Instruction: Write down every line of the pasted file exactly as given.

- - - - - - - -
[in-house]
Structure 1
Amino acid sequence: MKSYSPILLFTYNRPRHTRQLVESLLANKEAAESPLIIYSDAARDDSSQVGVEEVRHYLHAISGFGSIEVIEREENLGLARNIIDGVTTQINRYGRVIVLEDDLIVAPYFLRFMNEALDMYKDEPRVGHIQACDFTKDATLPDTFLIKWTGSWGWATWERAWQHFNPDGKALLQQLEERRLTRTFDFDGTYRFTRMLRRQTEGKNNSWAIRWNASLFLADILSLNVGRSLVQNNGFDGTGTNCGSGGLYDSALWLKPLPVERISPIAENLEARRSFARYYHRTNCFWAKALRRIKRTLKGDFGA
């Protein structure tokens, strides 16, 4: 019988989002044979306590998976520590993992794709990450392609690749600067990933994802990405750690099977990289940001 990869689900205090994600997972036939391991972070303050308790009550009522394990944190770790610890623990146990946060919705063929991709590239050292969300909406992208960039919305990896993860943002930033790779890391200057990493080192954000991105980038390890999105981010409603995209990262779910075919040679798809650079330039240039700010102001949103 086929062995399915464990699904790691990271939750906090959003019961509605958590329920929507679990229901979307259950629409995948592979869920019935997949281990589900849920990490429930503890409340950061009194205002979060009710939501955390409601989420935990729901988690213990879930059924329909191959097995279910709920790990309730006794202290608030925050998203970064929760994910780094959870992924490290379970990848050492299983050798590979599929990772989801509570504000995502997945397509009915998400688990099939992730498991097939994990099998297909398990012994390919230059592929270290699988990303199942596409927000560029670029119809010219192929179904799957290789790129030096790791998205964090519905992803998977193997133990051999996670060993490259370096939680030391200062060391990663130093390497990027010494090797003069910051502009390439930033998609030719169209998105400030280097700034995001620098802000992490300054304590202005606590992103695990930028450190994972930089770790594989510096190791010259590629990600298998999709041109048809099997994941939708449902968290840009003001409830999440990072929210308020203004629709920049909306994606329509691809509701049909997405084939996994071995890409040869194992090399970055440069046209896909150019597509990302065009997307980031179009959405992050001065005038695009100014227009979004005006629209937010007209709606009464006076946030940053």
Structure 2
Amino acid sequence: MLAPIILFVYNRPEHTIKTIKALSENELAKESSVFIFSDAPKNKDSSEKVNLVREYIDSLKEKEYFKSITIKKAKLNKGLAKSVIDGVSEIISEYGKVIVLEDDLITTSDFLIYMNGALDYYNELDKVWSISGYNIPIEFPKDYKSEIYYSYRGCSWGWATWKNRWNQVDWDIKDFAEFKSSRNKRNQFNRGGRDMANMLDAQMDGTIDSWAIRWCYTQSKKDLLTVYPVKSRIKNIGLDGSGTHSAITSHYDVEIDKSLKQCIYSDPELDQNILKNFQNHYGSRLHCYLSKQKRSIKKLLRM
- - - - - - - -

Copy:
[in-house]
Structure 1
Amino acid sequence: MKSYSPILLFTYNRPRHTRQLVESLLANKEAAESPLIIYSDAARDDSSQVGVEEVRHYLHAISGFGSIEVIEREENLGLARNIIDGVTTQINRYGRVIVLEDDLIVAPYFLRFMNEALDMYKDEPRVGHIQACDFTKDATLPDTFLIKWTGSWGWATWERAWQHFNPDGKALLQQLEERRLTRTFDFDGTYRFTRMLRRQTEGKNNSWAIRWNASLFLADILSLNVGRSLVQNNGFDGTGTNCGSGGLYDSALWLKPLPVERISPIAENLEARRSFARYYHRTNCFWAKALRRIKRTLKGDFGA
């Protein structure tokens, strides 16, 4: 019988989002044979306590998976520590993992794709990450392609690749600067990933994802990405750690099977990289940001 990869689900205090994600997972036939391991972070303050308790009550009522394990944190770790610890623990146990946060919705063929991709590239050292969300909406992208960039919305990896993860943002930033790779890391200057990493080192954000991105980038390890999105981010409603995209990262779910075919040679798809650079330039240039700010102001949103 086929062995399915464990699904790691990271939750906090959003019961509605958590329920929507679990229901979307259950629409995948592979869920019935997949281990589900849920990490429930503890409340950061009194205002979060009710939501955390409601989420935990729901988690213990879930059924329909191959097995279910709920790990309730006794202290608030925050998203970064929760994910780094959870992924490290379970990848050492299983050798590979599929990772989801509570504000995502997945397509009915998400688990099939992730498991097939994990099998297909398990012994390919230059592929270290699988990303199942596409927000560029670029119809010219192929179904799957290789790129030096790791998205964090519905992803998977193997133990051999996670060993490259370096939680030391200062060391990663130093390497990027010494090797003069910051502009390439930033998609030719169209998105400030280097700034995001620098802000992490300054304590202005606590992103695990930028450190994972930089770790594989510096190791010259590629990600298998999709041109048809099997994941939708449902968290840009003001409830999440990072929210308020203004629709920049909306994606329509691809509701049909997405084939996994071995890409040869194992090399970055440069046209896909150019597509990302065009997307980031179009959405992050001065005038695009100014227009979004005006629209937010007209709606009464006076946030940053």
Structure 2
Amino acid sequence: MLAPIILFVYNRPEHTIKTIKALSENELAKESSVFIFSDAPKNKDSSEKVNLVREYIDSLKEKEYFKSITIKKAKLNKGLAKSVIDGVSEIISEYGKVIVLEDDLITTSDFLIYMNGALDYYNELDKVWSISGYNIPIEFPKDYKSEIYYSYRGCSWGWATWKNRWNQVDWDIKDFAEFKSSRNKRNQFNRGGRDMANMLDAQMDGTIDSWAIRWCYTQSKKDLLTVYPVKSRIKNIGLDGSGTHSAITSHYDVEIDKSLKQCIYSDPELDQNILKNFQNHYGSRLHCYLSKQKRSIKKLLRM